Sonoma Coast

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A vast appellation covering Sonoma County’s Pacific coastline, the Sonoma Coast AVA runs all the way from the Mendocino County border, south to the San Pablo Bay. The region can actually be divided into two sections—the actual coastal vineyards, marked by marine soils, cool temperatures and saline ocean breezes—and the warmer, drier vineyards further inland, which are still heavily influenced by the Pacific but not quite with same intensity.

Contained within the appellation are the much smaller Fort Ross-Seaview and Petaluma Gap AVAs.

The Sonoma Coast is highly regarded for elegant Pinot Noir, Chardonnay, and, increasingly, cool-climate Syrah. The wines have high acidity, moderate alcohol, firm tannin, and balanced ripeness.

Pinot Noir

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One of the most finicky yet rewarding grapes to grow, Pinot Noir is a labor of love for many. However, the greatest red wines of Burgundy prove that it is unquestionably worth the effort. In fact, it is the only red variety permitted in Burgundy. Highly reflective of its terroir, Pinot Noir prefers calcareous soils and a cool climate, requires low yields to achieve high quality and demands a lot of attention in the vineyard and winery. It retains even more glory as an important component of Champagne as well as on its own in France’s Loire Valley and Alsace regions. This sensational grape enjoys immense international success, most notably growing in Oregon, California and New Zealand with smaller amounts in Chile, Germany (as Spätburgunder) and Italy (as Pinot Nero).

In the Glass

Pinot Noir is all about red fruit—strawberry, raspberry and cherry with some heftier styles delving into the red or purple plum and in the other direction, red or orange citrus. It is relatively pale in color with soft tannins and a lively acidity. With age (of which the best examples can handle an astounding amount) it can develop hauntingly alluring characteristics of fresh earth, savory spice, dried fruit and truffles.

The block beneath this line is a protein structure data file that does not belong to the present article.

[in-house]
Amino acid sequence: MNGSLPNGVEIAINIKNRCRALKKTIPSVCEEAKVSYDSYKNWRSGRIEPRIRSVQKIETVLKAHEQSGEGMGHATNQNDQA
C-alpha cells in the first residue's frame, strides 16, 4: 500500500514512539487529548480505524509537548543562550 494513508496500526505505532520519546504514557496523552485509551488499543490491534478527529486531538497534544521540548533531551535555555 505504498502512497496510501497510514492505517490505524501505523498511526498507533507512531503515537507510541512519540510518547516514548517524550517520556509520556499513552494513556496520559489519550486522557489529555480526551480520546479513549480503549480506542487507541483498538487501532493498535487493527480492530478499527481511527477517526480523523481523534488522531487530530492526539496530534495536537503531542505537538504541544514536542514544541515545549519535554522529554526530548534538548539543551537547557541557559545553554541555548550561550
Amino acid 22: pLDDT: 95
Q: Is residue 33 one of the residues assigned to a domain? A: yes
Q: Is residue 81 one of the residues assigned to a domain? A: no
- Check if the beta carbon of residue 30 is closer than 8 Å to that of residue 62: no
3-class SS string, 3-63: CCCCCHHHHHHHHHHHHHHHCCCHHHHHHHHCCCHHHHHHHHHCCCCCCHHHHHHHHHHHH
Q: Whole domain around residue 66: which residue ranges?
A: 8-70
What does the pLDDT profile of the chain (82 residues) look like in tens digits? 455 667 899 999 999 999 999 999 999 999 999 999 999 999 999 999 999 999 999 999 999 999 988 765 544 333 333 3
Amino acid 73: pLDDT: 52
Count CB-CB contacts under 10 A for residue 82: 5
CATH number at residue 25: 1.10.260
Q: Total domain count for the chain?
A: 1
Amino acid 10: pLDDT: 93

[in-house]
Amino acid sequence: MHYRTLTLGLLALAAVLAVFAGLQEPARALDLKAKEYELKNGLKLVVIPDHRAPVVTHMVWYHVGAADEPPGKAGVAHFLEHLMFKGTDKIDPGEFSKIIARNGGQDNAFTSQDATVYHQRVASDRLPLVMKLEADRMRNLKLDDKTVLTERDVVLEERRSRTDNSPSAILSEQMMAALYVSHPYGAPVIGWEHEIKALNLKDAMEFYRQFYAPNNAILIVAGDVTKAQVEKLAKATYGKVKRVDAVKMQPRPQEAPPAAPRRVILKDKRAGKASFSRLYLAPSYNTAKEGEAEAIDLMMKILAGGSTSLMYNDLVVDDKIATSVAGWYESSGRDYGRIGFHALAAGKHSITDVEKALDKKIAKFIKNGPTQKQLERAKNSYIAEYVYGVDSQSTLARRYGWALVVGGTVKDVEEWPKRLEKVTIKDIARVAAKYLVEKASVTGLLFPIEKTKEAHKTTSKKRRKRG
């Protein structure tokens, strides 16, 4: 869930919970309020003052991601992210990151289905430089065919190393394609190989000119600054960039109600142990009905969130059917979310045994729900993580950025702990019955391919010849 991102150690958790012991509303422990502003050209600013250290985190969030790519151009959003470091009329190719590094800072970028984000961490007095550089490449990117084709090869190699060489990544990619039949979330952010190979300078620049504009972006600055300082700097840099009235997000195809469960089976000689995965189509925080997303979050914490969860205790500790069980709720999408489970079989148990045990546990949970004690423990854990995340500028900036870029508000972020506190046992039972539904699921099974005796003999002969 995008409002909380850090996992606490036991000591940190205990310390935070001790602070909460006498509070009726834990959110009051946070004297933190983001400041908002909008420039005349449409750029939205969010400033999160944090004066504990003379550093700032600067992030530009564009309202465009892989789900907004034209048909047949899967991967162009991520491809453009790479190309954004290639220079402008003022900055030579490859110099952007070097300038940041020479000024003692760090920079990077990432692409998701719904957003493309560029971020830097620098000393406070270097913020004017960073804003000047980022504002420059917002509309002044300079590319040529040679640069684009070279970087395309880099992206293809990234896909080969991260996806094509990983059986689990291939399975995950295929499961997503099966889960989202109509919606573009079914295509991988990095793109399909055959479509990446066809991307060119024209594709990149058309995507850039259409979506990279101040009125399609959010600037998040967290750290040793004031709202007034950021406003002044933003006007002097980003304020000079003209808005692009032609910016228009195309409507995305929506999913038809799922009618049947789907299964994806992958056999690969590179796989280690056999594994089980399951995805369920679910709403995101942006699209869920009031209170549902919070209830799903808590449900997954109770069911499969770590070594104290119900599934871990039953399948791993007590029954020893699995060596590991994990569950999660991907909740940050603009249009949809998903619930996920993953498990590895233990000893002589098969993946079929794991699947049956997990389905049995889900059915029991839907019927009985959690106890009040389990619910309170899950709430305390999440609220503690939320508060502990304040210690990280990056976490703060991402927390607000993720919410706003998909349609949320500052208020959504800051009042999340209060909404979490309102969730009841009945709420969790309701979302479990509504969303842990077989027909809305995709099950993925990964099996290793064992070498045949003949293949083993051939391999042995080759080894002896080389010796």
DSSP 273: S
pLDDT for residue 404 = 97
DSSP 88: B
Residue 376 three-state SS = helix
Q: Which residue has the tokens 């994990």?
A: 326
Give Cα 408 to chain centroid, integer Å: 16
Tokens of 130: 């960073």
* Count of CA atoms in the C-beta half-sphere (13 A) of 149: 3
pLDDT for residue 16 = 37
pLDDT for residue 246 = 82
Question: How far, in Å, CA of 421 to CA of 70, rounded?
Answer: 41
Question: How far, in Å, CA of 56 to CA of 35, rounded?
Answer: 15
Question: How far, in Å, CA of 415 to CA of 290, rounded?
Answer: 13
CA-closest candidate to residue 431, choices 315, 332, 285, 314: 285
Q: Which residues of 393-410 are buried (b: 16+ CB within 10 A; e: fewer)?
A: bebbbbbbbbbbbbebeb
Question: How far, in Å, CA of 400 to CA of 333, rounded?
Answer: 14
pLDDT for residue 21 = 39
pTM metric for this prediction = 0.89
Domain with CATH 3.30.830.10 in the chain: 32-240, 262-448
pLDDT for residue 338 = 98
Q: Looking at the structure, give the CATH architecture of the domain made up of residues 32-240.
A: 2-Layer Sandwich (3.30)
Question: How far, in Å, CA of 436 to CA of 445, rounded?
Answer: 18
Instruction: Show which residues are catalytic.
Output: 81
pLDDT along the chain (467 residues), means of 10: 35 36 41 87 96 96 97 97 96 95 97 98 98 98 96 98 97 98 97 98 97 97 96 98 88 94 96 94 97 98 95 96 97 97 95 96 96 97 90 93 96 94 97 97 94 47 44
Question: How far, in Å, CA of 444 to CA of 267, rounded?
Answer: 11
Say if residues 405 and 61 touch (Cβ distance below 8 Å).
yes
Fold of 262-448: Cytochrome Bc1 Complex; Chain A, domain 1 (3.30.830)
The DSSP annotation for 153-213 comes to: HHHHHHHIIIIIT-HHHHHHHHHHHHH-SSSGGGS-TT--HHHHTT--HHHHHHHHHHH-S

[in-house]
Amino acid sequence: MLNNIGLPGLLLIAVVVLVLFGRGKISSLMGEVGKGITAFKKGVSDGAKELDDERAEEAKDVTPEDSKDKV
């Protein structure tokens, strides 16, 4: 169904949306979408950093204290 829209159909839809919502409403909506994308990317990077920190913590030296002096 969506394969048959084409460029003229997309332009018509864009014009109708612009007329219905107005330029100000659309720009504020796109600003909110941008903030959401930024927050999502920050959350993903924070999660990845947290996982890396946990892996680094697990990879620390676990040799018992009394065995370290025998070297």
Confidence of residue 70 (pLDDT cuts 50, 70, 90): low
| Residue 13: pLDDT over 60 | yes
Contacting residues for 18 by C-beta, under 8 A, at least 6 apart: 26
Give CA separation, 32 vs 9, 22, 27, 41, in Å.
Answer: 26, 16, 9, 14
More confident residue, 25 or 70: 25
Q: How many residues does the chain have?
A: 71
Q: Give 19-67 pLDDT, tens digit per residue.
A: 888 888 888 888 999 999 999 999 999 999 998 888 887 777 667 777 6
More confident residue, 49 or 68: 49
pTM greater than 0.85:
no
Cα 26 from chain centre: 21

Perfect Pairings

Pinot’s healthy acidity cuts through the oiliness of pink-fleshed fish like salmon and tuna but its mild mannered tannins give it enough structure to pair with all sorts of poultry: chicken, quail and especially duck. As the namesake wine of Boeuf Bourguignon, Pinot noir has proven it isn’t afraid of beef. California examples work splendidly well with barbecue and Pinot Noir is also vegetarian-friendly—most notably with any dish that features mushrooms.

Sommelier Secret

For administrative purposes, the region of Beaujolais is often included in Burgundy. But it is extremely different in terms of topography, soil and climate, and the important red grape here is ultimately Gamay. Truth be told, there is a tiny amount of Gamay sprinkled around the outlying parts of Burgundy (mainly in Maconnais) but it isn’t allowed with any great significance and certainly not in any Villages or Cru level wines.

WLD4180546_2014 Item# 355058